Change talk when talk has changed; theoretical and practical insights into motivational interviewing in aphasia

Hersh, Deborah, Newitt, Rosemarie, and Barnett, Fiona (2018) Change talk when talk has changed; theoretical and practical insights into motivational interviewing in aphasia. Aphasiology, 32 (S1). pp. 85-87.

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Background: After stroke, people may need to make diet, smoking, physical activity or lifestyle adjustments. One method used widely in encouraging behaviour change is Motivational Interviewing (MI), a counselling approach that attends to people’s “change talk”, language that indicates their readiness to change (Rollnick, Miller & Butler, 2008). MI is collaborative and guiding, useful in contexts where there is ambivalence to change. Evidence from a range of health fields suggests that, where people are ambivalent, MI is more effective at changing behaviours than traditional approaches of advising and directing towards an expert’s solution to a problem. However, people with aphasia may not be offered MI in clinical contexts and tend to be excluded from studies using MI (for example, Krishnamurthi et al., 2014) because their language impairments are assumed to prevent participation in the interviewing process. This is unsatisfactory and denies them the same opportunities to make the lifestyle adjustments offered to people without aphasia.

Aims: This presentation aims to show how MI can be adapted to be an accessible approach for people with aphasia using evidence from a single case where the goal was increased physical activity. It seeks to demonstrate how MI can be offered as an alternative option within rehabilitation goal setting, and beyond, for people who may be finding it hard to engage, and be a useful way for speech pathologists to support allied health colleagues working with people with aphasia.

Methods and Procedures: This study draws on a single case of a 61-year old woman, J, who had suffered a left middle cerebral artery cerebrovascular accident 6 years before, resulting in a persisting moderate-severe non-fluent aphasia, apraxia of speech and a right hemiparesis. J had a complex previous medical history including longstanding schizophrenia, depression, epilepsy, osteoporosis with several previous fractures, hypothyroidism and gastro-oesphageal reflux. As part of a PhD study on increasing physical activity in people with neuromusculoskeletal conditions (carried out by the second author, an exercise physiologist (EP)), J attended the Adapted Physical Activity Program (APAP), a lifestyle intervention that includes MI. J attended sessions 3 times each week over a 15-week period at her local community rehabilitation service, and local gym, although several days were missed due to health issues. The data for this case study are based on qualitative analysis of field notes through the APAP, a video-recorded evaluation session, records of collaborative session planning between the EP and the speech pathologist, the subsequent adaptations made to implement MI for J, and outcomes of the APAP and MI program.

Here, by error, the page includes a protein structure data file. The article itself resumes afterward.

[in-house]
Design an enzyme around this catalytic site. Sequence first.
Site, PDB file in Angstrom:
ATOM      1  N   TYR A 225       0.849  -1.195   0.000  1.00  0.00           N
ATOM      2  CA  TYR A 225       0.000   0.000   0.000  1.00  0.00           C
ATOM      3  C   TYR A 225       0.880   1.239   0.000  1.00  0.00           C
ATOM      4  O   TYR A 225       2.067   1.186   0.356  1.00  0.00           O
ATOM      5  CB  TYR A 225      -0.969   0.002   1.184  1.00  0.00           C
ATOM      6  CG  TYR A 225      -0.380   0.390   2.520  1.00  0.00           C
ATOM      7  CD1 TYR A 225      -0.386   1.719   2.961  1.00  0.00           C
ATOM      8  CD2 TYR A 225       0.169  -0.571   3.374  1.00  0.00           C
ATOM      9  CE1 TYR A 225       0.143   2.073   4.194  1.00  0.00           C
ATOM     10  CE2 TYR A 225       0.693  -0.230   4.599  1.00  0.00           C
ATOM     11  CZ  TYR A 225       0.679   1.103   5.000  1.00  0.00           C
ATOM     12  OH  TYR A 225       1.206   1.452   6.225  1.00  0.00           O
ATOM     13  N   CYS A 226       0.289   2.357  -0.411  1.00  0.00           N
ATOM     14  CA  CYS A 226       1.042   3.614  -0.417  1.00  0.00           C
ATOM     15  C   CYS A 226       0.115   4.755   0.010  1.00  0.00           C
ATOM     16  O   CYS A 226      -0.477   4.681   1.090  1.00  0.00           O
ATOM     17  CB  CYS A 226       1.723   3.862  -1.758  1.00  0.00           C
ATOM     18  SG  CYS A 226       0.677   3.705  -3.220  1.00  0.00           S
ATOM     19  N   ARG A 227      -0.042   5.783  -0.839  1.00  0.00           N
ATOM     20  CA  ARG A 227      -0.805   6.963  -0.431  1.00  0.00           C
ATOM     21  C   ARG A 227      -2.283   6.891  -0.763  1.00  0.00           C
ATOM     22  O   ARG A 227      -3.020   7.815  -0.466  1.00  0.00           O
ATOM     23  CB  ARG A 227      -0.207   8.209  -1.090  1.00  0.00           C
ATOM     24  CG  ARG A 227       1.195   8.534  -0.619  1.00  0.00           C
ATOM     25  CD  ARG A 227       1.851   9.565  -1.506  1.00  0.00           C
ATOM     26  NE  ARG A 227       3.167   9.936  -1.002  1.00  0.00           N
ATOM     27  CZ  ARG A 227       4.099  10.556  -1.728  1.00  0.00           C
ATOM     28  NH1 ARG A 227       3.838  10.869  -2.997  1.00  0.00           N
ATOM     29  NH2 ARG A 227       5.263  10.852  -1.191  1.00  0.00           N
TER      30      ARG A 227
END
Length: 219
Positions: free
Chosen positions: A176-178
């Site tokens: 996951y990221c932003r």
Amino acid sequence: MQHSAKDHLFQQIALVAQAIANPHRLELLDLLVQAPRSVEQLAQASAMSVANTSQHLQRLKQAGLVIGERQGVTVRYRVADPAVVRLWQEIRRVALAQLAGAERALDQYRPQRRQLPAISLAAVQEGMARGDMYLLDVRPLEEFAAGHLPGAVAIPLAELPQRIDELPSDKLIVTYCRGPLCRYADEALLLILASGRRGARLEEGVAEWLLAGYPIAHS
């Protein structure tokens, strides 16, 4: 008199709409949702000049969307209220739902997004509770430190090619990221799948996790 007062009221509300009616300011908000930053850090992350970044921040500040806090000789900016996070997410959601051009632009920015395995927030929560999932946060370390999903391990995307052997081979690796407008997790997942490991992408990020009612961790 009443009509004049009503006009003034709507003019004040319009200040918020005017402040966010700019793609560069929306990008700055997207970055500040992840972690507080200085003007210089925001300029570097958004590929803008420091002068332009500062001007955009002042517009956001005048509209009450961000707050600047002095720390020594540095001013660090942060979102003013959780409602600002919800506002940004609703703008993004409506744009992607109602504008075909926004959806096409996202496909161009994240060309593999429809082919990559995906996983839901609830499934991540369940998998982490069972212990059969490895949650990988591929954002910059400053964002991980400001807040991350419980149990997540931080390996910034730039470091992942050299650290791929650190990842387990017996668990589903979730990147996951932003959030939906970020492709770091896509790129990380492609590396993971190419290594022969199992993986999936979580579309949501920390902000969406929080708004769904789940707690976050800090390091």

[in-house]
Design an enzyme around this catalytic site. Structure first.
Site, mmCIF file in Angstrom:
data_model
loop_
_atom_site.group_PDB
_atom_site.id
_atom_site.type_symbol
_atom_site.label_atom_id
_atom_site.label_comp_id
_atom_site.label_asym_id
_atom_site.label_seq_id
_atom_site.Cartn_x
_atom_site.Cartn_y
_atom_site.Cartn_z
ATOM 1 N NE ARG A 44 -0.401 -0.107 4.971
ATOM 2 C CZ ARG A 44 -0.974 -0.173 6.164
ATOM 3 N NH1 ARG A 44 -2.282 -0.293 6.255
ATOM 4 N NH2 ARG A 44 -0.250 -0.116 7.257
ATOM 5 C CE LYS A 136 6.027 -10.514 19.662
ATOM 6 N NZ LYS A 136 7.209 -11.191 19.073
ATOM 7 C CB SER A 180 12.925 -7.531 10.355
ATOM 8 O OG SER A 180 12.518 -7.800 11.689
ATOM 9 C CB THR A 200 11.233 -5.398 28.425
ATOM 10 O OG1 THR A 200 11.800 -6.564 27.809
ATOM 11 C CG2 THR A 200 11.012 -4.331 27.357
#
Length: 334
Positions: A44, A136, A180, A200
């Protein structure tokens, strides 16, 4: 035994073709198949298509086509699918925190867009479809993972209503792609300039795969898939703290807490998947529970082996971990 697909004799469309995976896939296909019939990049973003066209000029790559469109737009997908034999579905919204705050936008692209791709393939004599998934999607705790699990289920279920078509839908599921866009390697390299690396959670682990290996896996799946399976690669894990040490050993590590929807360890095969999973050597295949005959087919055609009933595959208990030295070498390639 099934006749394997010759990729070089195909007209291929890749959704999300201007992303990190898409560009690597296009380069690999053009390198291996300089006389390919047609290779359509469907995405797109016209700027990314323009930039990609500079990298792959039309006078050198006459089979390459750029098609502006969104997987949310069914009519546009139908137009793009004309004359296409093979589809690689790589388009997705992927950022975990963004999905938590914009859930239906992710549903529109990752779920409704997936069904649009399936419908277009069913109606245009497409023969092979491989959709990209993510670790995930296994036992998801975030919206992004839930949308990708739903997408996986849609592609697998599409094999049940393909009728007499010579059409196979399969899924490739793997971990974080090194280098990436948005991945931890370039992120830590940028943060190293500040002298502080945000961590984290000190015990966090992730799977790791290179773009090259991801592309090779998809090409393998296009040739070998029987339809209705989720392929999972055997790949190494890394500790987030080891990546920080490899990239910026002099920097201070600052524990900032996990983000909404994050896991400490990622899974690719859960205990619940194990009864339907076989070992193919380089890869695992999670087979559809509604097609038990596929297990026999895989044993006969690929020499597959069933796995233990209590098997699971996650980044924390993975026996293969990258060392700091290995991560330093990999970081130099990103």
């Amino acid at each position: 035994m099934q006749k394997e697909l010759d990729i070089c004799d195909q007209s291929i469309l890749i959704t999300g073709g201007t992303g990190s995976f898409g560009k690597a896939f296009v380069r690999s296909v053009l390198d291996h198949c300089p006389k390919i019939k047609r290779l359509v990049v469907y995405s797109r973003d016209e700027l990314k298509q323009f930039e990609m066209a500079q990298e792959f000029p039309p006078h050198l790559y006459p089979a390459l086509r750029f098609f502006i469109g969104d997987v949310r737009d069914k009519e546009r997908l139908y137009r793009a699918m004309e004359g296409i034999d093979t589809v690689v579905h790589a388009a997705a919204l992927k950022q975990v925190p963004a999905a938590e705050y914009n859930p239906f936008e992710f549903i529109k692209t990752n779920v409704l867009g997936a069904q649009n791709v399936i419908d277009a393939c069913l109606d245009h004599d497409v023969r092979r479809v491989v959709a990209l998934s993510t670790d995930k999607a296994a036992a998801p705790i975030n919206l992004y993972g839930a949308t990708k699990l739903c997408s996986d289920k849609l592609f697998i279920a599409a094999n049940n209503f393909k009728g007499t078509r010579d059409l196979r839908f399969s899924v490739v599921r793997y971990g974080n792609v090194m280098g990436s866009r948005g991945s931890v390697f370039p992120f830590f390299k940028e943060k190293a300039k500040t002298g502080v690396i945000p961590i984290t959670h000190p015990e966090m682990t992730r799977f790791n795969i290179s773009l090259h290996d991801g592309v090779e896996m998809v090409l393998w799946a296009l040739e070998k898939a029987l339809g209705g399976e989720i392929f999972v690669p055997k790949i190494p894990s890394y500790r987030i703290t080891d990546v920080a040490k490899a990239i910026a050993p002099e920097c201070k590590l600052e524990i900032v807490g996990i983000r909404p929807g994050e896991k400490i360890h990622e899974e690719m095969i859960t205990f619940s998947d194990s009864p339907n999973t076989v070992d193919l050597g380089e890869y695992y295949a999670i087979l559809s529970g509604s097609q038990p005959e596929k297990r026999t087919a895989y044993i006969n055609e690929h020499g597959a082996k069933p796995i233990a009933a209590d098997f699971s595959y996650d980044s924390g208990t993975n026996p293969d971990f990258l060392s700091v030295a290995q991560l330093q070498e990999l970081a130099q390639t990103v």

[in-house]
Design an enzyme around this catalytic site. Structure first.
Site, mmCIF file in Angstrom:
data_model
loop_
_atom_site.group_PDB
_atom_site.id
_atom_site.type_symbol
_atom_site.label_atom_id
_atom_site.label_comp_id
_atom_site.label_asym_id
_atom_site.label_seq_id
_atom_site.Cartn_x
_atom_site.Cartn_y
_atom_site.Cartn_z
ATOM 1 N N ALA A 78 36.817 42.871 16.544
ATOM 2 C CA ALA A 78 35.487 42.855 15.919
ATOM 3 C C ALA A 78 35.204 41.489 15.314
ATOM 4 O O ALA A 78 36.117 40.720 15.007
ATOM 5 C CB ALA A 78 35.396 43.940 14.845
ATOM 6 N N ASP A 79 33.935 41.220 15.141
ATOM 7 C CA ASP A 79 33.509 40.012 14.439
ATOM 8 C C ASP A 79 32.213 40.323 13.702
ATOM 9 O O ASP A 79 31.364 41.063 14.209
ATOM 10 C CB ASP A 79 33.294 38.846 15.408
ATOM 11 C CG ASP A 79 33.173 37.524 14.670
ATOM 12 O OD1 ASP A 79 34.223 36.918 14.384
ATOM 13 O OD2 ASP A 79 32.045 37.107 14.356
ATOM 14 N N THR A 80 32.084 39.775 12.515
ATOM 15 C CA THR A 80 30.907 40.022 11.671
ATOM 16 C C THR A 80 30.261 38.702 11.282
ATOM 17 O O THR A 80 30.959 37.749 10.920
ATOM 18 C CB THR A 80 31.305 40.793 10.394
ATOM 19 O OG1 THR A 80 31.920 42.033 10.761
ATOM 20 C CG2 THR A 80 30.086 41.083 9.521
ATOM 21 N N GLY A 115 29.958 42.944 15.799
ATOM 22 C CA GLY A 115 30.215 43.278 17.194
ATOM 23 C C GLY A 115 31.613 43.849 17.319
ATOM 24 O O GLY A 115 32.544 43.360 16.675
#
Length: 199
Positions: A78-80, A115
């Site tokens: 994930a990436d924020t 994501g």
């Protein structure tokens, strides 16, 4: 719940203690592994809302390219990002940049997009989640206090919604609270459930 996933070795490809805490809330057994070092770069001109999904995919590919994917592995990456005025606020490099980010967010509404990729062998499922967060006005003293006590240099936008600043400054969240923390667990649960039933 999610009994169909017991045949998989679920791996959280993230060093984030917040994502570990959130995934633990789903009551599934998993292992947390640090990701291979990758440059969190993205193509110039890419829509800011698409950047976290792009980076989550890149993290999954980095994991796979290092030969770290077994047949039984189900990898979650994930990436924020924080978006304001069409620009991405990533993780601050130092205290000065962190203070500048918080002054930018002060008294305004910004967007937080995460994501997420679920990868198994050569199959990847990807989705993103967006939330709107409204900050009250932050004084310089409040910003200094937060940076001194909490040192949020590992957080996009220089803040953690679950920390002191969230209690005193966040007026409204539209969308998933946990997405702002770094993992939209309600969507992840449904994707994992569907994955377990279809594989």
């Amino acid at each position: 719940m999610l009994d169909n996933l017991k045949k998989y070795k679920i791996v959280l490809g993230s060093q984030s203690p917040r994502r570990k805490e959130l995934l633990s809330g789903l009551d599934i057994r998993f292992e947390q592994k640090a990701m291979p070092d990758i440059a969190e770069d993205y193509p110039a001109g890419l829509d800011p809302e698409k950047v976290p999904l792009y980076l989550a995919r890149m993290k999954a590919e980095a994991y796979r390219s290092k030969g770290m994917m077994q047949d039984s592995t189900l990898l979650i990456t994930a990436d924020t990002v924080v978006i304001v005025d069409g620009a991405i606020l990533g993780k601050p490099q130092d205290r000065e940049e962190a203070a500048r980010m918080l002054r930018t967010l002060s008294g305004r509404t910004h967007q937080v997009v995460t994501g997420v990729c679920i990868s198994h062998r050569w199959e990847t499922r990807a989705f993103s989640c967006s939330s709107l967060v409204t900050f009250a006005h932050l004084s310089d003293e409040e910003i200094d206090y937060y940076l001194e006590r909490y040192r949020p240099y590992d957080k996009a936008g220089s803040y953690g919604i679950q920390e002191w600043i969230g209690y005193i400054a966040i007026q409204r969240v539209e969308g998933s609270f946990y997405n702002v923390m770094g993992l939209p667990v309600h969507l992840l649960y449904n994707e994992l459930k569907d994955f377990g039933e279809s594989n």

Outcomes and results: Through a supported MI intervention, J was able to transition from reluctance to regular gym attendance during the APAP. MI adaptations allowed ways of judging and building on “change talk” through a range of ratings, visual timelines, values card-sorting, and supported conversation techniques. The EP supported J’s attitude change to the APAP, offering genuine, client-driven choices about attendance, exercise frequency, intensity, time and type. She demonstrated progress, and individualised the program sufficiently to keep J motivated.

Conclusions: This case offers an innovative demonstration of interprofessional collaboration, of making MI accessible, and of resolving ambivalence in a person with aphasia. Moreover, despite MI being an accepted, evidence based counselling approach, this is one of the first examples of its use in aphasia. People with aphasia, judged as disengaged or unmotivated by health professionals, are at risk of being discharged or overlooked but this case highlights theoretical arguments and practical solutions to encourage lifestyle adjustment and behaviour change.

Item ID: 53845
Item Type: Article (Abstract)
ISSN: 1464-5041
Additional Information:

Presented at the International Aphasia Rehabilitation Conference, 5th-7th September 2018, Aveiro, Portugal.

Date Deposited: 31 Jan 2019 01:15
FoR Codes: 11 MEDICAL AND HEALTH SCIENCES > 1199 Other Medical and Health Sciences > 119999 Medical and Health Sciences not elsewhere classified @ 100%
SEO Codes: 92 HEALTH > 9201 Clinical Health (Organs, Diseases and Abnormal Conditions) > 920107 Hearing, Vision, Speech and Their Disorders @ 50%
92 HEALTH > 9202 Health and Support Services > 920201 Allied Health Therapies (excl. Mental Health Services) @ 50%
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